Blue River Fly Classic

Blue River Fly Classic
A One Pattern Fly Event

Saturday, June 26, 2010

Blue River Brunch

The early morning was an absolute joy today. I went to that place - the one known as fly-fishing. The sky was overcast keeping the sun in check and the temperature was a good five or ten degrees cooler than yesterday morning.

I battled five different species of fish including the green sunfish, redbreast, catfish, drum, and carp. Four flies were lost to the giant queens of Rock Creek but at least they gave their lives on the field of battle and not to the clutches of a tree.

Back home shortly after nine o'clock it was time for something in the Dutch, and today I chose to fix brunch - Blue River Brunch as a matter of fact.

This recipe is so good, you'll want to run out as soon as you read this and get the stuff to make it.

Here's what you'll need:

3 medium Russet potatoes - diced
1 large yellow onion - diced
1 large green bell pepper - diced
1 tablespoon of season salt
1 jar of Pace mild or medium picante
1 8 oz. package of shredded cheese (Cheddar or Monterrey Jack)
4 slices of hickory smoked bacon (cut into 1 inch squares with scissors)
4 jumbo eggs
4 wide mouth mason jar rings

Here's how you do it.

Mix diced potatoes, onion, and bell pepper together and season with season salt. Place mixture in oiled Dutch oven. Add layer of picante sauce on top of mixture. Add shredded cheese to cover all of mixture. Add bacon to cover all of mixture.

Using a ten inch Dutch, place six coals on bottom and fourteen coals on top. You will cook this mixture for forty-five minutes.

Five minutes before the recipe is done, lift lid and place jar rings on top of mixture and gently seat them into mixture. Add one egg to each ring, replace lid and cook another five minutes.

Remove coals and let rest for five minutes before serving.

This is what the mixture will look like before adding coals.

If you need additional servings, simply add to all ingredients and eliminate mason jar lids. Simply set the number of eggs you need directly on top of mixture. The jar rings are required only to make individual servings.

Wednesday, June 23, 2010

Getting The Details

You get a line and I'll get a pole, Honey,
You get a line and I'll get a pole, Babe,
You get a line and I'll get a pole,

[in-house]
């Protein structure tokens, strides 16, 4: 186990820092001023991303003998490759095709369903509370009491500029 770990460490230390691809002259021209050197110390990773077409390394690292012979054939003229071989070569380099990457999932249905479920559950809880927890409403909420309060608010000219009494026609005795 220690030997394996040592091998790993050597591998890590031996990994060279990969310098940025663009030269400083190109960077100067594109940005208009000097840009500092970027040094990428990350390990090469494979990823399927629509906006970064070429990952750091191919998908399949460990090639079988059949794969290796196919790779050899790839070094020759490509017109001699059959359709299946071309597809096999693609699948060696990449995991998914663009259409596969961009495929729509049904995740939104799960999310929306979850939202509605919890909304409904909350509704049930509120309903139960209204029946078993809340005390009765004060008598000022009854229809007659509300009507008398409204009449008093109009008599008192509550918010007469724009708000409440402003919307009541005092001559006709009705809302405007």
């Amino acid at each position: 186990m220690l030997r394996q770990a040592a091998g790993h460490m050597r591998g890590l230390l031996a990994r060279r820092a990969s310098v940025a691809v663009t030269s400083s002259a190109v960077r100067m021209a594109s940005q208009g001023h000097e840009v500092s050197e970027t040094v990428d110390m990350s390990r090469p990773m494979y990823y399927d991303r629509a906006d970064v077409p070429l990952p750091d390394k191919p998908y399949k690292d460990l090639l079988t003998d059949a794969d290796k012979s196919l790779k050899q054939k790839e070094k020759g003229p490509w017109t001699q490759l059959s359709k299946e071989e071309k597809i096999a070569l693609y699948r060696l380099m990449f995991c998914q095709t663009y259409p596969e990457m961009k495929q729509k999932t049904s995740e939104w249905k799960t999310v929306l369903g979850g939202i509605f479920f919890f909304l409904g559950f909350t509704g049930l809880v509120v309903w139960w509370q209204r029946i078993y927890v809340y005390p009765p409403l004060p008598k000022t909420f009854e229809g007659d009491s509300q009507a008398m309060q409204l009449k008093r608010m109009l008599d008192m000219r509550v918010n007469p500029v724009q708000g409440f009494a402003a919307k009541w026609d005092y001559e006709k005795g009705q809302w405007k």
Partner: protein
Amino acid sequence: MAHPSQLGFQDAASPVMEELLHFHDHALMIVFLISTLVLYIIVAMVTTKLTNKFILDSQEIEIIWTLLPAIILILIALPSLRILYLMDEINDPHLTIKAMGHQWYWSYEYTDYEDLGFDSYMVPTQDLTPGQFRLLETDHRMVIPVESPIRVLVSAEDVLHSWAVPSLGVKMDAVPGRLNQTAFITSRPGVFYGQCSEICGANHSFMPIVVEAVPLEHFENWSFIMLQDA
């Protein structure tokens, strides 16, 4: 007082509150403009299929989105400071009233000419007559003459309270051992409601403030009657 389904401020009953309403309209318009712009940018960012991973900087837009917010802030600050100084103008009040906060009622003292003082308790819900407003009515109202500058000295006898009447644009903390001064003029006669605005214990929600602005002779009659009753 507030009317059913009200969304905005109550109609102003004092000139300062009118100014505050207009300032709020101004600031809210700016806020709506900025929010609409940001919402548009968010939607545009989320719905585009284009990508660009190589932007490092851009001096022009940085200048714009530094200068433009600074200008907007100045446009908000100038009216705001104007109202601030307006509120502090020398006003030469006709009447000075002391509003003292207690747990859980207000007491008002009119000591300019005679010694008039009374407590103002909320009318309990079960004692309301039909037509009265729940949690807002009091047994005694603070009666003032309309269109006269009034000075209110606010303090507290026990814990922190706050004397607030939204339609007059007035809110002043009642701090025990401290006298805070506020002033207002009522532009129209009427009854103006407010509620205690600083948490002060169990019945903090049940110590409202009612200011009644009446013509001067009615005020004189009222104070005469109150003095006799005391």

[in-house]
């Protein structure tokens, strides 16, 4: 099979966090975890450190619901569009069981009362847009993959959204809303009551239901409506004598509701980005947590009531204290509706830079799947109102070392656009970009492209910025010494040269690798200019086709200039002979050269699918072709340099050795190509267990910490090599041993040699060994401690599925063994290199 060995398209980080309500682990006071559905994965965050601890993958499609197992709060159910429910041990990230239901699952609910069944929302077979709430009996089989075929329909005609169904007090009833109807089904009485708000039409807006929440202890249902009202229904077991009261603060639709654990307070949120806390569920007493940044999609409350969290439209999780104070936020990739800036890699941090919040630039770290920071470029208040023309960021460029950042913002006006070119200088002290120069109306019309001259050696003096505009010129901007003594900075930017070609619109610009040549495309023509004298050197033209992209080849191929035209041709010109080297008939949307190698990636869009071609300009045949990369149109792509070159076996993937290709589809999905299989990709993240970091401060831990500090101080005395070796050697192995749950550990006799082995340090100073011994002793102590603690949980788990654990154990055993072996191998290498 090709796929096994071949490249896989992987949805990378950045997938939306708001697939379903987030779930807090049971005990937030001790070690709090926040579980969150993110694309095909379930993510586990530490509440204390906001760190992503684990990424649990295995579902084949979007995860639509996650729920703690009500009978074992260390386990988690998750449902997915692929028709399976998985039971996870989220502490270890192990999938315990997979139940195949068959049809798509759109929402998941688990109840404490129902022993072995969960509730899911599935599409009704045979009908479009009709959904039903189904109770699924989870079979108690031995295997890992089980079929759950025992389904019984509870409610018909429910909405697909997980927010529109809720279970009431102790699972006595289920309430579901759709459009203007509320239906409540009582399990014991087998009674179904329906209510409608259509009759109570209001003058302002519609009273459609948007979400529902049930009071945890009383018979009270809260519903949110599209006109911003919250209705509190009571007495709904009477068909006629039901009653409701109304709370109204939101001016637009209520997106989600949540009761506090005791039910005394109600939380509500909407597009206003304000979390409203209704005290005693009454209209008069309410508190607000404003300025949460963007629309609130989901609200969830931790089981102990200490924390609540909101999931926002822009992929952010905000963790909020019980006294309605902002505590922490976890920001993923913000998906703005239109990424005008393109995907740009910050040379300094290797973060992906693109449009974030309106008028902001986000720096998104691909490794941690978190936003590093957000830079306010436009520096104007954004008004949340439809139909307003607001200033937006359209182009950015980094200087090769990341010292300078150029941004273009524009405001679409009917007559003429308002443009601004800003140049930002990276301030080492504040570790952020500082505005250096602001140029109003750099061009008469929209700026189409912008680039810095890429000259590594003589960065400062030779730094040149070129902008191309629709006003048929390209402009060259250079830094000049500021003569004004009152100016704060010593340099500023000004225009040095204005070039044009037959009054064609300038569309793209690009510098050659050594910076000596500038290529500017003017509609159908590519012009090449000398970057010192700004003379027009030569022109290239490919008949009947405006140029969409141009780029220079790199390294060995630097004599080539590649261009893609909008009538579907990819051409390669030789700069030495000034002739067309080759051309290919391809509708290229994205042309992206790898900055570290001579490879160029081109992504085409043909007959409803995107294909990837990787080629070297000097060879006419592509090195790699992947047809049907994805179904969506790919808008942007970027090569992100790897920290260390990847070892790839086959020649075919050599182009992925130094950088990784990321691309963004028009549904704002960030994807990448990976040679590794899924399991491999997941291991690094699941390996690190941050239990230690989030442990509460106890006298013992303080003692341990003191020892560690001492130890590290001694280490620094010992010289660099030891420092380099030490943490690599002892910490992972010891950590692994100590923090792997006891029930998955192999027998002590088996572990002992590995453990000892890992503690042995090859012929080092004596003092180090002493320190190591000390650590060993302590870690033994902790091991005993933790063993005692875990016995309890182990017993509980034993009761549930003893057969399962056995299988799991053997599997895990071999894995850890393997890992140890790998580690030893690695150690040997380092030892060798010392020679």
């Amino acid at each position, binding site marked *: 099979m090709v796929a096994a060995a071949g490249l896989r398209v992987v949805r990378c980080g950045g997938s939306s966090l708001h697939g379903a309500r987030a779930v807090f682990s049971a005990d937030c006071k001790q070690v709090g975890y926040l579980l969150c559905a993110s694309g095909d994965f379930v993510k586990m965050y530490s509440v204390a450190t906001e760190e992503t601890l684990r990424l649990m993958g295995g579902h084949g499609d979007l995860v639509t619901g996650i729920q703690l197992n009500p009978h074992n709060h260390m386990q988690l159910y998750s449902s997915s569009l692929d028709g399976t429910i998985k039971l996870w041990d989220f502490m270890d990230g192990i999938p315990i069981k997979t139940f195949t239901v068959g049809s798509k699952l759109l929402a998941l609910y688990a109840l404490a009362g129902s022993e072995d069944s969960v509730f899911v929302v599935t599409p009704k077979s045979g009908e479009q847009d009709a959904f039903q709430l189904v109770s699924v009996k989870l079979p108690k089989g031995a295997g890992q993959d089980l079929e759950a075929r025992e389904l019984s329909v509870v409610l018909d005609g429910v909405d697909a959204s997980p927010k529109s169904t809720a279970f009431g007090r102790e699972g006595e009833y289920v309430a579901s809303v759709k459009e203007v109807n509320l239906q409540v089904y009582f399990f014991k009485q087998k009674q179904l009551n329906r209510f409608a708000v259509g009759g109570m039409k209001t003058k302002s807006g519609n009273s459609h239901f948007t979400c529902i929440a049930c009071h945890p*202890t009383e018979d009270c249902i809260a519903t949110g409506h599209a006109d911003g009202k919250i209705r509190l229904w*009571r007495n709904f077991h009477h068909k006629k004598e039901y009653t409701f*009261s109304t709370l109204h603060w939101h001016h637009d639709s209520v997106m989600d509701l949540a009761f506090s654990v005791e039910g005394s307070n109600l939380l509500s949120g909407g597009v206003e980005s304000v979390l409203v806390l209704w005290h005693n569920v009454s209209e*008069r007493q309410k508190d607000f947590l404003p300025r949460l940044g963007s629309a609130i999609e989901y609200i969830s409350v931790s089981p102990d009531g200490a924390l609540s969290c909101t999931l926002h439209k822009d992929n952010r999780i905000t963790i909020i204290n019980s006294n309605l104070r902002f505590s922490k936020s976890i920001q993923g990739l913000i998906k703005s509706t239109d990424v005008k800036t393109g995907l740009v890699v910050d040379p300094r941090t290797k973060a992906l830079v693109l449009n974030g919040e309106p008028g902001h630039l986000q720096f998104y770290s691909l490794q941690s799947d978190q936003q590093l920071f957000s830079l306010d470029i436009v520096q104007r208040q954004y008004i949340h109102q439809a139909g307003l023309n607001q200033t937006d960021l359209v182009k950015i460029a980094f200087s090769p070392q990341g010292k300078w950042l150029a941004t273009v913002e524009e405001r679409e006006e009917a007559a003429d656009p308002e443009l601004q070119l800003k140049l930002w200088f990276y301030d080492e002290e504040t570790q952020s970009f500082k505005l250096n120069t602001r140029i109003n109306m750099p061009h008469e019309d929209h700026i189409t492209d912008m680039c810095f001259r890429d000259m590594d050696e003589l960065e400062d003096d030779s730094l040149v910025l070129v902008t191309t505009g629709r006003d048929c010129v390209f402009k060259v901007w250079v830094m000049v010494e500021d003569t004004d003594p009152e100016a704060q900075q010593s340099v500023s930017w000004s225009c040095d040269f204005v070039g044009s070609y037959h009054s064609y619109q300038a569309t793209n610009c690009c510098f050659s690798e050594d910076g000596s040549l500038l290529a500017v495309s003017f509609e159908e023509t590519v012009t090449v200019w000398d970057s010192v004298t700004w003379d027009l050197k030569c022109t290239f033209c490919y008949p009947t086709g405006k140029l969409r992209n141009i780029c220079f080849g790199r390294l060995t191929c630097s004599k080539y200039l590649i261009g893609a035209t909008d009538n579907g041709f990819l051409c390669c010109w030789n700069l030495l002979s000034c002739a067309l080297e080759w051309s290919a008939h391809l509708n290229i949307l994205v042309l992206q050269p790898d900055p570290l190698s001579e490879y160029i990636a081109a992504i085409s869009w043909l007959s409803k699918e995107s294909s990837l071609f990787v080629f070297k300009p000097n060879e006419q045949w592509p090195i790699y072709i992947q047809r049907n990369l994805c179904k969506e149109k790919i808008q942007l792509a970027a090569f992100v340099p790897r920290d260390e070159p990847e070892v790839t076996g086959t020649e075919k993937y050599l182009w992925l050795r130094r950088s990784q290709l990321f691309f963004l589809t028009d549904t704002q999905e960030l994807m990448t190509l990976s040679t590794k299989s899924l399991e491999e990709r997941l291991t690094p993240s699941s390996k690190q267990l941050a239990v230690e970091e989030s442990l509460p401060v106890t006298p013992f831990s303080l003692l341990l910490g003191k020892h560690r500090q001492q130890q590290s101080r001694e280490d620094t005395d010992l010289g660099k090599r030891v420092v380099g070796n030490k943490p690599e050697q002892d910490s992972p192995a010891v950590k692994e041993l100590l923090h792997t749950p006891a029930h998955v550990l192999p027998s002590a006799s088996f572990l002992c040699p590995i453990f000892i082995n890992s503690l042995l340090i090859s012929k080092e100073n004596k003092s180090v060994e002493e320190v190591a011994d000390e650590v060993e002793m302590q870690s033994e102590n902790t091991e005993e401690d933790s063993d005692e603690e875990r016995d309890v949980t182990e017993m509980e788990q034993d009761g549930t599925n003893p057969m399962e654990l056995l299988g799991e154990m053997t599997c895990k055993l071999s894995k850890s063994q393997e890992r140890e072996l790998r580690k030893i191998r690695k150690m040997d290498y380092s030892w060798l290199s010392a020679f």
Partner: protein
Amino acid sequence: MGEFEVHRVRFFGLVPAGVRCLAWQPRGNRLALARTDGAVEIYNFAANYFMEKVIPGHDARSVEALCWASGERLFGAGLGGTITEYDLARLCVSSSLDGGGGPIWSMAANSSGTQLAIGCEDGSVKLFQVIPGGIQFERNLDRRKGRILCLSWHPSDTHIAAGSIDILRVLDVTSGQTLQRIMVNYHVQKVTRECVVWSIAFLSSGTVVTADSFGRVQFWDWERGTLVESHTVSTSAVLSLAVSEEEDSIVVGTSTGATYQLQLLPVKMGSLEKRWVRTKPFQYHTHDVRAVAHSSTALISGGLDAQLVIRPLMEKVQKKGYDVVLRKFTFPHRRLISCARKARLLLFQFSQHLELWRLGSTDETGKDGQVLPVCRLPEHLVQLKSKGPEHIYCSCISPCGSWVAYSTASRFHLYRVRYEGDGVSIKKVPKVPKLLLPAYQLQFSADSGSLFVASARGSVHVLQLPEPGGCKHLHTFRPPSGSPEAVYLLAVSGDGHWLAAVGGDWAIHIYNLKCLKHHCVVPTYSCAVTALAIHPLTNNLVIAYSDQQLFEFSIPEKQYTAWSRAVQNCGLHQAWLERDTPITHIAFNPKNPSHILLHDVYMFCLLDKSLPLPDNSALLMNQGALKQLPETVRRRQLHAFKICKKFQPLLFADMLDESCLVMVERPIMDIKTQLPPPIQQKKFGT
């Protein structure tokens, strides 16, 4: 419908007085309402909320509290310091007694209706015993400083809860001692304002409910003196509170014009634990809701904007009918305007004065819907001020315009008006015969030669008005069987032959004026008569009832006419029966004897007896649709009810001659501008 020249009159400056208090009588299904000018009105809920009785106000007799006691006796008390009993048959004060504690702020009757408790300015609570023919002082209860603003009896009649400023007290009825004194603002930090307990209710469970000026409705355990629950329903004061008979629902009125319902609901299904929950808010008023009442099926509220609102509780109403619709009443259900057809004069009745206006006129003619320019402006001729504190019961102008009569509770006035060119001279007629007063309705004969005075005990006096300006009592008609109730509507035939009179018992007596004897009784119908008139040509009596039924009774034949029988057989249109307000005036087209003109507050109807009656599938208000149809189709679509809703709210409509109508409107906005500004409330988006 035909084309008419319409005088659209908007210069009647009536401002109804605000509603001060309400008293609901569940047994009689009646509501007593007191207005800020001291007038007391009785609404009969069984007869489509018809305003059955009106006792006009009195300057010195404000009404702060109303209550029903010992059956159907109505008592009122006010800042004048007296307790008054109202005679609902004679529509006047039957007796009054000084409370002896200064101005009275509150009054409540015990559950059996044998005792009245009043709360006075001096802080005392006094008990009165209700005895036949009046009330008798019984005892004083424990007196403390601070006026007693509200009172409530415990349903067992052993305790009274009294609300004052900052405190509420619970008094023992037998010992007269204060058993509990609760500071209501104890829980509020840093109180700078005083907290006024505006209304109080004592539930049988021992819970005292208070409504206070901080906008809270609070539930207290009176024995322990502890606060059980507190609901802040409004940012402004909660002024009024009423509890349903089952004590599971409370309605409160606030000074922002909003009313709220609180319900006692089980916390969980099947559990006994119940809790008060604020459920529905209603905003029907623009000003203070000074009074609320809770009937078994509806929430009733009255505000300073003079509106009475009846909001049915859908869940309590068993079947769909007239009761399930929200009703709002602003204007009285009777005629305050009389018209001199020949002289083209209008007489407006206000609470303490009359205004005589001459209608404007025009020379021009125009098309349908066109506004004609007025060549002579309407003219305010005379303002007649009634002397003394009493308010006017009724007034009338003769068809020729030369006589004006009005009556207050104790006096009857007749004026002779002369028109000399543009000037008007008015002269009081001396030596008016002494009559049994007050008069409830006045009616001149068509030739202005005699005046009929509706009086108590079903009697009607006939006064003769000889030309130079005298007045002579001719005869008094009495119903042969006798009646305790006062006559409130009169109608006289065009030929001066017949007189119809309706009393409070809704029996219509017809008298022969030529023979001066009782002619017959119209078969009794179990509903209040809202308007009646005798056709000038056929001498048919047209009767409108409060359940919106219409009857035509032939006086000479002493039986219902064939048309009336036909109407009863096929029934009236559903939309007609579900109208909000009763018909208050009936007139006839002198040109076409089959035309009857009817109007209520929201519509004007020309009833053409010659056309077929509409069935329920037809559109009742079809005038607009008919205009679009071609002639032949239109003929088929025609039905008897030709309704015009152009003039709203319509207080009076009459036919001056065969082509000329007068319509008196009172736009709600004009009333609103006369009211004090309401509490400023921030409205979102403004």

We'll go fishin' in the crawdad hole,
Honey, Baby mine.

Carol walked up carrying two tree limbs about three foot long and said, "These should do." I had the twine in hand and we married the two materials together, and off to the creek we went. We were going crawdad catchin'.

Crawdad catchin' is something neither one of us have done in probably forty years, but both remember what fun it was.

The main reason I wanted to go crawdad catchin' today, besides having fun, is so I could take a picture of the real deal.

It seems like every time I sit down at the tying bench to tie a crawdad pattern, I cannot for the life of me remember exactly what a crawdad looks out. Sure... I know the basic form or outline, but when it comes to the exact layout I get confused.

So today, we caught a number of crawdads and I got one good picture which is going on the wall in the fly-tying room.

Tuesday, June 22, 2010

The Olive Damsel Marabou

Thumbing through my season of Rainbows journal from 2001 and 2002, I noticed that I used the olive damsel marabou a lot that trout season and with fairly good success. Why I strayed away from the pattern over the years, I simply don't know. It could very well have been that other patterns such as standards like the pheasant tail or hare's ear were working so good, I simply didn't need to fish the damsel marabou. But, I do remember the pattern brought me a lot of enjoyment... so I started tying some more for this coming season.

The damsel marabou can be tied a variety of ways using a variety of hooks. Probably the most popular hook is a standard streamer hook but for the pattern above I used a 3XL Curved Shank hook. The damsel marabou can be tied with beadchain eyes, mono eyes, or black beadhead. Pheasant tail can be used as a wing case or not and legs can be added or not.

I tied up six of the olive damsels and realized it had been some time since I have been fishing. In a recent conversation with Charlie, I told him I believed the damsel would work on the Rock Creek carp so today would be the testing ground for my theory.

Now, the heat index today was 113, so I waited until late to get on the water, and even at that... I didn't stay long.